Cricket is a high octane game, and with it comes a lot of health risks. Although cricket safety has been taken seriously with standards of helmets revised, the introduction of bodyguards and yet elements of unfortunate events stand. Injuries on the field are a part and parcel of every sport, and sportsmen are usually well-equipped to deal with them.
Protective gears such as helmets, arm guards, abdomen guards are mandatory for every cricketer before he faces the ball. But at times, they run out of luck despite being fully protected. This beautiful game has witnessed many unfortunate incidents in the past. Today we take a look at a list of cricketers who had premature retirements from the game.
One of the most miserable moments in the game, Philip Hughes paid the ultimate cost of his life when facing the last of his career. The southpaw batsman was hit on the neck by Sean Abbott in the Sheffield Shield, domestic cricket game of Australia. The left-hander spent the next few days in a coma and let out his last breath in the hospital. In fact, the left-hander was batting not out on 63 runs and was a massive blow to Australian cricket as a whole.
One of the finest wicketkeepers to have played for South Africa, Mark Boucher's international career was halted by a freak accident. During a practice game against Somerset when Boucher was keeping wickets for South Africa. A ball from Imran Tahir hit the stumps and the bail flew straight into his eye, causing serious damage. Boucher was forced to retire from the sport based on medical advice, bringing down curtains on his career, earlier than expected.
James Taylor represented England in the Under-19 World Cup and went on to make his international debut at the mere age of just 19 years old. It was his textbook technique and hunger for runs that saw him earning praise from the England team selectors. But tragedy struck him soon, As he was diagnosed with rare heart disease (ARVC) which forced him into early retirement from cricket when he was just 26 years old. Since then, he has been forced into coaching and commentary.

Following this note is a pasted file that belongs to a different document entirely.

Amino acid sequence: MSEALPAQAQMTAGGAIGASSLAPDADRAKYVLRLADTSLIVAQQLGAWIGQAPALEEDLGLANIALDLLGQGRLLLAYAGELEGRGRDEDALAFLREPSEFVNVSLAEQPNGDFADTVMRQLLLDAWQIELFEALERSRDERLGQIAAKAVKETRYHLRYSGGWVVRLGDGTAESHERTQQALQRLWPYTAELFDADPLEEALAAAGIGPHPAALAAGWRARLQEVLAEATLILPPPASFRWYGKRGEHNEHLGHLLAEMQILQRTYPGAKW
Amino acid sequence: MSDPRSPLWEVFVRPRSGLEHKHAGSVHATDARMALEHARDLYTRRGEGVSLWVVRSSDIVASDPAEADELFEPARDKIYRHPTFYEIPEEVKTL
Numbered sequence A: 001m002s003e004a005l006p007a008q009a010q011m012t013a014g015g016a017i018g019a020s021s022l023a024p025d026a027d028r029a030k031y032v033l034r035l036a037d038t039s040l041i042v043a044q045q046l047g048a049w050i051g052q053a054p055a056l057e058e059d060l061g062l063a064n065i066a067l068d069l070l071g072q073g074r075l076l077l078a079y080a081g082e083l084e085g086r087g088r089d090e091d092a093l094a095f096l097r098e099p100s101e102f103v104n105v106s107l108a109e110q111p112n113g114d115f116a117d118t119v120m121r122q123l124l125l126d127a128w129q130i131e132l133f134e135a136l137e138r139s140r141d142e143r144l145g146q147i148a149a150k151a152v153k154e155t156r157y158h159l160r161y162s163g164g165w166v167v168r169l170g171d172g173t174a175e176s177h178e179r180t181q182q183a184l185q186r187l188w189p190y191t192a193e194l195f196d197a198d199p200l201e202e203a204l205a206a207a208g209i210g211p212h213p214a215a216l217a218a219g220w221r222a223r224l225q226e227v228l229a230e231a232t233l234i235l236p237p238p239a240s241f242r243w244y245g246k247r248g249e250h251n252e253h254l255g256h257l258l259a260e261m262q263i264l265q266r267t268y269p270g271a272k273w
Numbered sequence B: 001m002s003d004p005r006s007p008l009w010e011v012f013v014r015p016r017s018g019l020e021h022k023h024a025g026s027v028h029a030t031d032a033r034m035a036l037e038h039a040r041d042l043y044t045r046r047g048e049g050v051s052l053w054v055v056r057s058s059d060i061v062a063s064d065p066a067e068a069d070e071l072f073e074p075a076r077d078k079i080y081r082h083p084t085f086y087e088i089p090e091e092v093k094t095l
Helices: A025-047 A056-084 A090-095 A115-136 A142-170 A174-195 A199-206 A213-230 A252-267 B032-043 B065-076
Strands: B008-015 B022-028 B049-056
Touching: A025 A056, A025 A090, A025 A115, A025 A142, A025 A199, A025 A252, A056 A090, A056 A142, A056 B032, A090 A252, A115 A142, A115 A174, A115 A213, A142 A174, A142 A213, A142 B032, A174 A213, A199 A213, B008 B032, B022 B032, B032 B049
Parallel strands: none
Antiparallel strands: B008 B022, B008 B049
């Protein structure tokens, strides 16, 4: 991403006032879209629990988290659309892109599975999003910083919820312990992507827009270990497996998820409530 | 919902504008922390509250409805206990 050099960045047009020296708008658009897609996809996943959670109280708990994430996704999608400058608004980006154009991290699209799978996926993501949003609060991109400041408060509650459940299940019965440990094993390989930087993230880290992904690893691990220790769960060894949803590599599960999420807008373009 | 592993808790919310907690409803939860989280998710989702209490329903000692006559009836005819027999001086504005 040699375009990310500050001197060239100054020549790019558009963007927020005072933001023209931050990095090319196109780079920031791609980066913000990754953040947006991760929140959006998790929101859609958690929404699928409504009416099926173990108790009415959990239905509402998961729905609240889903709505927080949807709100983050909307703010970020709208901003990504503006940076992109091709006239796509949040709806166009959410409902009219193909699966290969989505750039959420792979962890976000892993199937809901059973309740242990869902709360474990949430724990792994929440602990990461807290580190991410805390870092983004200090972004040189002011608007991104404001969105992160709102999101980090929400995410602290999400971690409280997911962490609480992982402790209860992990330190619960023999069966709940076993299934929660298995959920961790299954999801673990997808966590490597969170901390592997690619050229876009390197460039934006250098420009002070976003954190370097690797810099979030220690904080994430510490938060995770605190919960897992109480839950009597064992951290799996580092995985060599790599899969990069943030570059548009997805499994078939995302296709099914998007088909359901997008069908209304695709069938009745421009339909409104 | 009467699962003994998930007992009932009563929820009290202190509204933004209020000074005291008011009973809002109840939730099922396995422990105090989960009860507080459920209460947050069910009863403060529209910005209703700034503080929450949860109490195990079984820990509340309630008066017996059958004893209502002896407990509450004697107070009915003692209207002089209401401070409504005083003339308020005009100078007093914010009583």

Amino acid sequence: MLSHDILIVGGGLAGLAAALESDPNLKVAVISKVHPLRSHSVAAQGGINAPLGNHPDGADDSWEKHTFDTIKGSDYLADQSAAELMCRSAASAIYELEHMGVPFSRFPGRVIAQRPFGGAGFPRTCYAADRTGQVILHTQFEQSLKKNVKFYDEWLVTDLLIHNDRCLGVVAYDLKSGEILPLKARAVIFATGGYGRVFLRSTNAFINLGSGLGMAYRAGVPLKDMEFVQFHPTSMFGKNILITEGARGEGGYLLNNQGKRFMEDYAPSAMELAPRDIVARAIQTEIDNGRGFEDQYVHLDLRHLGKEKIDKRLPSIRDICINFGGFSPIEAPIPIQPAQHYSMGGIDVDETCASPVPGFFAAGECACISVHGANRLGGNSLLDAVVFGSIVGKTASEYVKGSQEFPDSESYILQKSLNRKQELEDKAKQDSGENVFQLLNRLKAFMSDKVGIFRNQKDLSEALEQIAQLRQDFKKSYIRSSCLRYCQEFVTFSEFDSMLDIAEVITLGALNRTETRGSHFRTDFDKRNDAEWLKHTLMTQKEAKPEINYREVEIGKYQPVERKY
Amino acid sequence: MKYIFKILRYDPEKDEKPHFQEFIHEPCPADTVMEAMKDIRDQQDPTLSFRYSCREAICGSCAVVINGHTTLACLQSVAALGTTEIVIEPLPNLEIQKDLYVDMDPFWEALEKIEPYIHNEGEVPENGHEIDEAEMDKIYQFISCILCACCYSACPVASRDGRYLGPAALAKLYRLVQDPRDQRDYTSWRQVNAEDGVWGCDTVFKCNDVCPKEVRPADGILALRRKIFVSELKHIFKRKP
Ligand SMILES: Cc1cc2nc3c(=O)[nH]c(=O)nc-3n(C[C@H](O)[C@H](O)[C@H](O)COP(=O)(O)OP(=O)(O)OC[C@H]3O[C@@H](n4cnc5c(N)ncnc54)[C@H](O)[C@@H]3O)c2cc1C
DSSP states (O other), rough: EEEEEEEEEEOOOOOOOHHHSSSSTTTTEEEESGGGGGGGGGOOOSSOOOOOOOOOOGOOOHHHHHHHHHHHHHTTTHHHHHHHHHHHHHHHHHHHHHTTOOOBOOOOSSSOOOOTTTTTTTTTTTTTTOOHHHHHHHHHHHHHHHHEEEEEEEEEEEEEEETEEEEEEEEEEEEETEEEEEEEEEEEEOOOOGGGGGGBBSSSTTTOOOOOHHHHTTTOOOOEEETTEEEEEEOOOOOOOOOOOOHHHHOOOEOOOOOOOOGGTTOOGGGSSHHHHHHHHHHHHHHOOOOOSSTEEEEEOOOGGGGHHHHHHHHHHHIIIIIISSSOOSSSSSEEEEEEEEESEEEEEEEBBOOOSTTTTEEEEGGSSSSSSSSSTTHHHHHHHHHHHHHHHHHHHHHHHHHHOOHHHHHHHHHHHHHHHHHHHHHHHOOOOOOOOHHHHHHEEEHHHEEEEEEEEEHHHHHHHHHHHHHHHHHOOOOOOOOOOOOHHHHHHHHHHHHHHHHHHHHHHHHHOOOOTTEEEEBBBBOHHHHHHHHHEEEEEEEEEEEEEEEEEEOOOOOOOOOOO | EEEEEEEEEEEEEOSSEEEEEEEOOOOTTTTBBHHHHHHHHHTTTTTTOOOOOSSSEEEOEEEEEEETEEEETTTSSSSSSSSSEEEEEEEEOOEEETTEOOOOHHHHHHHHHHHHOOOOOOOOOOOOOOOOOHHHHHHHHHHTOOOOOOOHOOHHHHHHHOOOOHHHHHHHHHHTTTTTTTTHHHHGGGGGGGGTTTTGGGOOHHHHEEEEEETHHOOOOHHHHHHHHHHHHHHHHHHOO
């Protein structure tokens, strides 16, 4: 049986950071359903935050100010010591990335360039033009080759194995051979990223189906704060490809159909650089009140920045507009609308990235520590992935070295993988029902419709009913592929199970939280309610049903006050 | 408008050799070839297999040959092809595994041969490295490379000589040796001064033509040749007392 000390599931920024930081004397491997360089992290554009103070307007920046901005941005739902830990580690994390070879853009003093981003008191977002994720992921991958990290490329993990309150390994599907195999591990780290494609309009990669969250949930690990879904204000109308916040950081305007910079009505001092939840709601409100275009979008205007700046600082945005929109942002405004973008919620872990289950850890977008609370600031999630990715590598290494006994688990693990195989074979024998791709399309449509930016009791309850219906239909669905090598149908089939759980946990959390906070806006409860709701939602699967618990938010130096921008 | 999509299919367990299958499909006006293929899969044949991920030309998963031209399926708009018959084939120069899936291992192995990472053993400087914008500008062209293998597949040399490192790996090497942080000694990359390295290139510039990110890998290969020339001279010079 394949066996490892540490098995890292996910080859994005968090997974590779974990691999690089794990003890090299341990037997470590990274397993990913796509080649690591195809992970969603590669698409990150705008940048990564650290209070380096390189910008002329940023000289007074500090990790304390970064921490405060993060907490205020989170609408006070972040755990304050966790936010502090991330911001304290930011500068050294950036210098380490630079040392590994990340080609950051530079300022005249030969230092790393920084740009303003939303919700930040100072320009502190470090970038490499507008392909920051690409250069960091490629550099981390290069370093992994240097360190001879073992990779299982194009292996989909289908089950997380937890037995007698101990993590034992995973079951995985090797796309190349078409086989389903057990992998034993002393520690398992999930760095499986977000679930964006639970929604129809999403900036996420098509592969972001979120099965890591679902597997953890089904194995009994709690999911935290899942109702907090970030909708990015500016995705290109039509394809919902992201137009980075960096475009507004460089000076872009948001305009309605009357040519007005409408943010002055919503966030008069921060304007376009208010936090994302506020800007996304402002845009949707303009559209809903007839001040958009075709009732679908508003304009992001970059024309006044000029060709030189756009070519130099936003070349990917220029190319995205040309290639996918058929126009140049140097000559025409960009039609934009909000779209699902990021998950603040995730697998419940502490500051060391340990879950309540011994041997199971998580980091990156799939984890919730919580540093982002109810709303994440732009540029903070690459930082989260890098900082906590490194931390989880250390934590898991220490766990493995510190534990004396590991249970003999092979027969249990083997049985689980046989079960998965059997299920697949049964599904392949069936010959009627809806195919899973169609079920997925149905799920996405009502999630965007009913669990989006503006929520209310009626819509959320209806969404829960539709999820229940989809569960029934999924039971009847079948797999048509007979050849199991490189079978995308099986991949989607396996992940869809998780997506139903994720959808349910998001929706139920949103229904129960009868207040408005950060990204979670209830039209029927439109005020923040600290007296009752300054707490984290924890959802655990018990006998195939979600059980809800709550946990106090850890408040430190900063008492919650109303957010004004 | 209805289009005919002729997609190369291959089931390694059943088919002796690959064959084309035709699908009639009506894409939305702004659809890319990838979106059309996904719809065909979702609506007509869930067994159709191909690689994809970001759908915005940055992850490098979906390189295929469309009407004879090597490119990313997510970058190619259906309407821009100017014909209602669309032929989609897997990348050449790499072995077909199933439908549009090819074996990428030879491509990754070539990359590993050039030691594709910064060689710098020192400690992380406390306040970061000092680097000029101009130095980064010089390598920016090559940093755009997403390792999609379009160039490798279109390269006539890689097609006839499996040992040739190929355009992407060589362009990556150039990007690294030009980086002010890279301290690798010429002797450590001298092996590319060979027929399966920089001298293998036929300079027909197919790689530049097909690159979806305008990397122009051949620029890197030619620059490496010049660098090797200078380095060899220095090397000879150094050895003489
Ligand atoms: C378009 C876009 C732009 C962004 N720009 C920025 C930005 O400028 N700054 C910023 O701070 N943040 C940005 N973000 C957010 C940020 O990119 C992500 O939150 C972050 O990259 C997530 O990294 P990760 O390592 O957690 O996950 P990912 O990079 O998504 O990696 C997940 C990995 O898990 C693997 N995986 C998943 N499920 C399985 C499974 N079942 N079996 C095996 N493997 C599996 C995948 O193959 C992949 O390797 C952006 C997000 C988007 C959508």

Safe to say this has been the toughest week of my life! My world is upside down. But I'm here to stay and I'm battling on! #lifestooshort 😝🤒— James Taylor (@jamestaylor20) April 12, 2016
Born in South Africa, Jonathan Trott was selected to play at the highest level for England. Trott rose to fame, coming in at No.3 for England in Test cricket. He was selected the ICC and ECB Cricketer of the Year in 2011. However, his career faced a catastrophe in the 2013-14 Ashes series in Australia as Trott faced major stress and anxiety-related issues. Trott did take an indefinite break from cricket and tried returning afterward, but soon retired from all forms of cricket.
“It’s fantastic. I am very proud of my England career but I now have that drive to help younger players at Warwickshire. I like that responsibility of being a senior player with the challenge of setting the bar high. I still get that buzz from excelling.”- Jonathan Trott
England’s ODI and T20 wicketkeeper, Craig Kieswetter recently announced his retirement from all forms of the game. The 27-year old Englishman in a county game against Northamptonshire, Kieswetter was struck right in the face, as the ball went past the helmet’s grill. The result was a broken nose and a damaged eye socket that caused serious concerns about his vision. Kieswetter did try to come back after a partial recovery, but struggled with the repercussions and decided to retire.
Injuries that end a career are not pretty for anyone and also draw the curtain on wonderful moments of cricket of what could have been. Even though the technology is constantly revised in regards to the health and safety of the players on the field, not all unfortunate moments can be predicted by anyone.